Nearly one week has passed since I came home from Monument Valley and I’m still struggling to put my experience into words.
I can describe the nearly five-hour drive and the landscape I saw as I drove to the Arizona/Utah border. I can describe my cabin and my food and the people I talked to and where all within the park I ventured. I can describe the Valley itself: the mesas and the buttes and the spires and how they looked during the afternoon and at sunset and at night and at sunrise and late morning.
I cannot – simply cannot – describe just how the place reached deep into the corners of my tightly folded soul and blew it wide open.
I cannot describe the awe. I cannot describe how awe doesn’t even cover it. I cannot describe it.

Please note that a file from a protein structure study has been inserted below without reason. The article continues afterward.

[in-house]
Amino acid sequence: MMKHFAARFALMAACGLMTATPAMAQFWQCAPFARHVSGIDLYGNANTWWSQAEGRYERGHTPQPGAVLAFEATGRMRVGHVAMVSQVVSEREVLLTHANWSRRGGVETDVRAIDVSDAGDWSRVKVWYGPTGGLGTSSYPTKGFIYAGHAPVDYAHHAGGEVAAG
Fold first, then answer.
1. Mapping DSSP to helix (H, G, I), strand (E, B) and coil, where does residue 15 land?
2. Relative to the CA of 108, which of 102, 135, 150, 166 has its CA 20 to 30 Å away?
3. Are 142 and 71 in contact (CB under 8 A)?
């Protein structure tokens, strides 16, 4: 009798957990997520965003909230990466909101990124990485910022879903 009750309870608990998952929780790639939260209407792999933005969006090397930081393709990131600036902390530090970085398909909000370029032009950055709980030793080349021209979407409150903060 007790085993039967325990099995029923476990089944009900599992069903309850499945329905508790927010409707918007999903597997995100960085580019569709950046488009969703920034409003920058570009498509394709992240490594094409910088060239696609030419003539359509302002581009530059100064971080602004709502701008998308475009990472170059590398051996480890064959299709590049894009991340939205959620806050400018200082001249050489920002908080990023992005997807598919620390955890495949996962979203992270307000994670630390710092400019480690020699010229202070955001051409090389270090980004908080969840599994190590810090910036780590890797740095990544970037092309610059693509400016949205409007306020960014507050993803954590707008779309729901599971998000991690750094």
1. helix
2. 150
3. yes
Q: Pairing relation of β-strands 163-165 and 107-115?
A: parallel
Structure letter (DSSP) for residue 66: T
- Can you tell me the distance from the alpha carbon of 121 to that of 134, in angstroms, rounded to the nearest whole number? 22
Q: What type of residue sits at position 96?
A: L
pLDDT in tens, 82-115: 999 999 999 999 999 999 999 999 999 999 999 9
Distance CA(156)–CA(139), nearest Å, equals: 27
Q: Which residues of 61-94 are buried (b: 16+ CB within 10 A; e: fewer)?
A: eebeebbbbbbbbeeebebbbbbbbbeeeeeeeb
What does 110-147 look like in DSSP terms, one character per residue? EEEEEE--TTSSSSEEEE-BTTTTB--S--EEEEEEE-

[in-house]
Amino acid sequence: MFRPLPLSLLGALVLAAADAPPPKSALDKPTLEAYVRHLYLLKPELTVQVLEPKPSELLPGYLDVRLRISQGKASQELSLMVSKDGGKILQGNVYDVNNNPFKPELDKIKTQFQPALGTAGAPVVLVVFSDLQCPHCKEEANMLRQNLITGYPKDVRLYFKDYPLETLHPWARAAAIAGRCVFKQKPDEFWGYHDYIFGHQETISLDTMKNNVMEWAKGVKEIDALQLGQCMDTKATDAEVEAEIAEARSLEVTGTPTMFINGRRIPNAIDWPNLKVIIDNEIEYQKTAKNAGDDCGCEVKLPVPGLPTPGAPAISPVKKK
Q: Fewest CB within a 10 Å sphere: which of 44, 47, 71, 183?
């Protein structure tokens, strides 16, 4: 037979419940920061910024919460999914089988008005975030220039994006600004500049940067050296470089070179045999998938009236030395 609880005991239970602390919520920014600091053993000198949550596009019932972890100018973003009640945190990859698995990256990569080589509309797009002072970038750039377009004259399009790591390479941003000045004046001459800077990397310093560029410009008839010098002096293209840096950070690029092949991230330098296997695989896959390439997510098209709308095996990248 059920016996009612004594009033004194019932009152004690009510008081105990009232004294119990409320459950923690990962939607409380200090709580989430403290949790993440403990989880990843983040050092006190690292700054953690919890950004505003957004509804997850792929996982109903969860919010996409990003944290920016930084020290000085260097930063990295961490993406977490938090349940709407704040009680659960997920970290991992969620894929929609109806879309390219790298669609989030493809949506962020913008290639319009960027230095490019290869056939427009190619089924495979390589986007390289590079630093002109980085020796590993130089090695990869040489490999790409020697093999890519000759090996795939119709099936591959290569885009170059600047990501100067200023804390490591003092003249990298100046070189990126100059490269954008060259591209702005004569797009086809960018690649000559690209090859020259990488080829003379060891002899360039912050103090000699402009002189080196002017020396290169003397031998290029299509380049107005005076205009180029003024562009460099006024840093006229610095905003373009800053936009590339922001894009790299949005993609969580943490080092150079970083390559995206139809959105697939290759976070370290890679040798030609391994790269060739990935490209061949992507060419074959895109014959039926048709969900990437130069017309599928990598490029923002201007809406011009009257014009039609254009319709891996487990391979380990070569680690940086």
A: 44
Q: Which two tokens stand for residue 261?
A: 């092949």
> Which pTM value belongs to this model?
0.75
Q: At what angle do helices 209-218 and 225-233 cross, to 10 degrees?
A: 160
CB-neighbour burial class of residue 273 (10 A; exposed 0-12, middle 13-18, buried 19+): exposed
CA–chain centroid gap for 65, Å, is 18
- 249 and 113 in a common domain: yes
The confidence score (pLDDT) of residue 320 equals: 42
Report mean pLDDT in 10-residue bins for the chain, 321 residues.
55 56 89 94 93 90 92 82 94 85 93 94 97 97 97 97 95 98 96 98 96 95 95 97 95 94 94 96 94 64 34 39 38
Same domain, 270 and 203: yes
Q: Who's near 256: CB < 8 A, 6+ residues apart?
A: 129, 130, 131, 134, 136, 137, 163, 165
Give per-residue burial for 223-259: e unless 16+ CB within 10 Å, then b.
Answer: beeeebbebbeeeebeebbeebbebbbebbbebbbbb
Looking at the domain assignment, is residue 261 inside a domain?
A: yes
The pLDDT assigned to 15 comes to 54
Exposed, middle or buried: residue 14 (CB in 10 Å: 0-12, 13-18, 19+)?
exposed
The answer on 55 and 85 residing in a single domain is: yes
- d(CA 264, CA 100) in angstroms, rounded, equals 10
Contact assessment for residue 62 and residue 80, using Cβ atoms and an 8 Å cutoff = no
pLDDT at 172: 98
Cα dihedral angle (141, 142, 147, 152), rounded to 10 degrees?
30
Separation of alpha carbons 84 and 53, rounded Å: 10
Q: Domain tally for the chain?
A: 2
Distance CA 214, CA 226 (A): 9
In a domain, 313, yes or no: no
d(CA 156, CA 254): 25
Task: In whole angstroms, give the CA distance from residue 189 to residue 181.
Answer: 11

But for the sake of remembering this trip and recording my memories and reliving the experience, I made a blog post anyway. And I also plan on making a video, because one does not simply drive within the heart of Monument Valley without recording something.
I arranged to have a week of vacation from work through May 9 to May 15. Because I wanted a break without work or school, I chose the one week I had between my spring semester and summer semester.
After I’d cleared the dates with my boss, I booked a cabin at Monument Valley for the night of Monday, May 9. I’d wanted to visit forever. Last December, when I made my spur-of-the-moment trip to the Grand Canyon, I’d contemplated driving up to Monument Valley instead, but ultimately decided against it since it was a bit too far for a day trip. I’m so glad I did. Monument Valley is a two-day trip at the very least. It took close to five hours to get there and once I was there, I didn’t want to leave.